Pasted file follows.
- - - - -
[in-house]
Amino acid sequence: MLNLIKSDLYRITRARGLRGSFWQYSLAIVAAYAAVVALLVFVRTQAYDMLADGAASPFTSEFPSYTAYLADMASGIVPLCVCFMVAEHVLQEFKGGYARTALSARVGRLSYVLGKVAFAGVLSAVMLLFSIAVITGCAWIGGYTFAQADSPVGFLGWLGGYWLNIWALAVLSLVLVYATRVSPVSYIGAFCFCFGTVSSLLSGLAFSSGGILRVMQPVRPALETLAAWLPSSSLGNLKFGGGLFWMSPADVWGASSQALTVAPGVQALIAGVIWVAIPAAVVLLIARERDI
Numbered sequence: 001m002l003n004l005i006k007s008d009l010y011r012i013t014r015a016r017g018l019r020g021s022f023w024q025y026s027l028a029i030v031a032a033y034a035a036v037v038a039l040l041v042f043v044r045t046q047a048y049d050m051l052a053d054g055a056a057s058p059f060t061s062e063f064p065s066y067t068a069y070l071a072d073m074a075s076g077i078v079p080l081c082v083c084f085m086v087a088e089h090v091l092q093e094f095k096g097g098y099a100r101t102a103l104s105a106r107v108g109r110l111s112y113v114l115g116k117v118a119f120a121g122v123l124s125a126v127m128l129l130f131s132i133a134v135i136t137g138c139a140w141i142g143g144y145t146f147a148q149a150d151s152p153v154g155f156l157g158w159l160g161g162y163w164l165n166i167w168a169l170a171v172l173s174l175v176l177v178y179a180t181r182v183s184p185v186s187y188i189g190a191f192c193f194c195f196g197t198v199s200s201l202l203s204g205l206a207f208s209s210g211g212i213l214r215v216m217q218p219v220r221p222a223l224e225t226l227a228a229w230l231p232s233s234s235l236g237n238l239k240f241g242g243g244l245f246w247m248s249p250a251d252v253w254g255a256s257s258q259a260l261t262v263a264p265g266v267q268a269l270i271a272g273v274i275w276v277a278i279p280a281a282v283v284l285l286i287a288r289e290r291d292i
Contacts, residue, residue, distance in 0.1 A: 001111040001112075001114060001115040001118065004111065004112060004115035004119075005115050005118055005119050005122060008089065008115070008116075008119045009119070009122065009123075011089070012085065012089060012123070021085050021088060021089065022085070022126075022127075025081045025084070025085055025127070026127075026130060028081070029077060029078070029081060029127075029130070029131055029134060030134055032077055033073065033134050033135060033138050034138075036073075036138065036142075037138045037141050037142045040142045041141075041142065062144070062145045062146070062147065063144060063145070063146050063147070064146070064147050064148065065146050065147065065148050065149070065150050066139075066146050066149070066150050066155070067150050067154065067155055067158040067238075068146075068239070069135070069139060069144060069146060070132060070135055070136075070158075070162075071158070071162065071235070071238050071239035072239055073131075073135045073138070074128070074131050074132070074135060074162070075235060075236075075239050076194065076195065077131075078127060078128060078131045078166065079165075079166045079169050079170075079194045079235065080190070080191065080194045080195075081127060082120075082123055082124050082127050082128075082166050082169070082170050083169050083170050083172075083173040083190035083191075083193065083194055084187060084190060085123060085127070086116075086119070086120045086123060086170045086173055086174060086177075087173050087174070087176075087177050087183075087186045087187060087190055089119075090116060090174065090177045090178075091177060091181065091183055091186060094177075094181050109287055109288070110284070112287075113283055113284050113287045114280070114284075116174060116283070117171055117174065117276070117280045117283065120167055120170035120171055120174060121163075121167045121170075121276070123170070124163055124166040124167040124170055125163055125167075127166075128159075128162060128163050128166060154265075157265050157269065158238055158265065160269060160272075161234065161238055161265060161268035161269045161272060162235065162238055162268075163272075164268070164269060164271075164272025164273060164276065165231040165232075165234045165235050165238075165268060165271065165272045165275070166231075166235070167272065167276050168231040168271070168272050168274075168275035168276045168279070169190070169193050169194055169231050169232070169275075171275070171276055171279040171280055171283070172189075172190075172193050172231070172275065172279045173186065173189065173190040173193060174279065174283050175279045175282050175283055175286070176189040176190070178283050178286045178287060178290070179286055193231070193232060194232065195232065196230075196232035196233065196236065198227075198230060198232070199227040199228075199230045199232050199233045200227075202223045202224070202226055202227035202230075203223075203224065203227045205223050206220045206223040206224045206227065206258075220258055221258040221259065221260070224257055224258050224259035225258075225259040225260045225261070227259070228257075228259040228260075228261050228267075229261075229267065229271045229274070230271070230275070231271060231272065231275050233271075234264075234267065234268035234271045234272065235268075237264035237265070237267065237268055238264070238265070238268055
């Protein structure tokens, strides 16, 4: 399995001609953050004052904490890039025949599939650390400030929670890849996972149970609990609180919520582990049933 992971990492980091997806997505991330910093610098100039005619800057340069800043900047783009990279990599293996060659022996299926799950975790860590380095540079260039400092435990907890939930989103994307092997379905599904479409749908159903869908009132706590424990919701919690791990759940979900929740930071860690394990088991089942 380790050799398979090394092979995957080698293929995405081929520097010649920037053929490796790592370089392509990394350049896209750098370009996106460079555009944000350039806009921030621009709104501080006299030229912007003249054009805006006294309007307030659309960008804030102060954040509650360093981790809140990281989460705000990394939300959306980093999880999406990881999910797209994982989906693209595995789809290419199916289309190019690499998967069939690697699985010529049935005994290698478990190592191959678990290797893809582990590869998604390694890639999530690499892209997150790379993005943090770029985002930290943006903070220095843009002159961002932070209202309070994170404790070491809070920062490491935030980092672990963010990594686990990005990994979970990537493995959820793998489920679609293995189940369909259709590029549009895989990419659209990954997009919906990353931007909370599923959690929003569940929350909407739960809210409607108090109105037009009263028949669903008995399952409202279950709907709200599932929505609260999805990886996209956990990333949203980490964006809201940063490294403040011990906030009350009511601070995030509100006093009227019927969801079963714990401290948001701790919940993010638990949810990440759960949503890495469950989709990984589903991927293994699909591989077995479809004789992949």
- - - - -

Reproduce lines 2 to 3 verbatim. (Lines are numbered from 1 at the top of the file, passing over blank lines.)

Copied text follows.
Amino acid sequence: MLNLIKSDLYRITRARGLRGSFWQYSLAIVAAYAAVVALLVFVRTQAYDMLADGAASPFTSEFPSYTAYLADMASGIVPLCVCFMVAEHVLQEFKGGYARTALSARVGRLSYVLGKVAFAGVLSAVMLLFSIAVITGCAWIGGYTFAQADSPVGFLGWLGGYWLNIWALAVLSLVLVYATRVSPVSYIGAFCFCFGTVSSLLSGLAFSSGGILRVMQPVRPALETLAAWLPSSSLGNLKFGGGLFWMSPADVWGASSQALTVAPGVQALIAGVIWVAIPAAVVLLIARERDI
Numbered sequence: 001m002l003n004l005i006k007s008d009l010y011r012i013t014r015a016r017g018l019r020g021s022f023w024q025y026s027l028a029i030v031a032a033y034a035a036v037v038a039l040l041v042f043v044r045t046q047a048y049d050m051l052a053d054g055a056a057s058p059f060t061s062e063f064p065s066y067t068a069y070l071a072d073m074a075s076g077i078v079p080l081c082v083c084f085m086v087a088e089h090v091l092q093e094f095k096g097g098y099a100r101t102a103l104s105a106r107v108g109r110l111s112y113v114l115g116k117v118a119f120a121g122v123l124s125a126v127m128l129l130f131s132i133a134v135i136t137g138c139a140w141i142g143g144y145t146f147a148q149a150d151s152p153v154g155f156l157g158w159l160g161g162y163w164l165n166i167w168a169l170a171v172l173s174l175v176l177v178y179a180t181r182v183s184p185v186s187y188i189g190a191f192c193f194c195f196g197t198v199s200s201l202l203s204g205l206a207f208s209s210g211g212i213l214r215v216m217q218p219v220r221p222a223l224e225t226l227a228a229w230l231p232s233s234s235l236g237n238l239k240f241g242g243g244l245f246w247m248s249p250a251d252v253w254g255a256s257s258q259a260l261t262v263a264p265g266v267q268a269l270i271a272g273v274i275w276v277a278i279p280a281a282v283v284l285l286i287a288r289e290r291d292i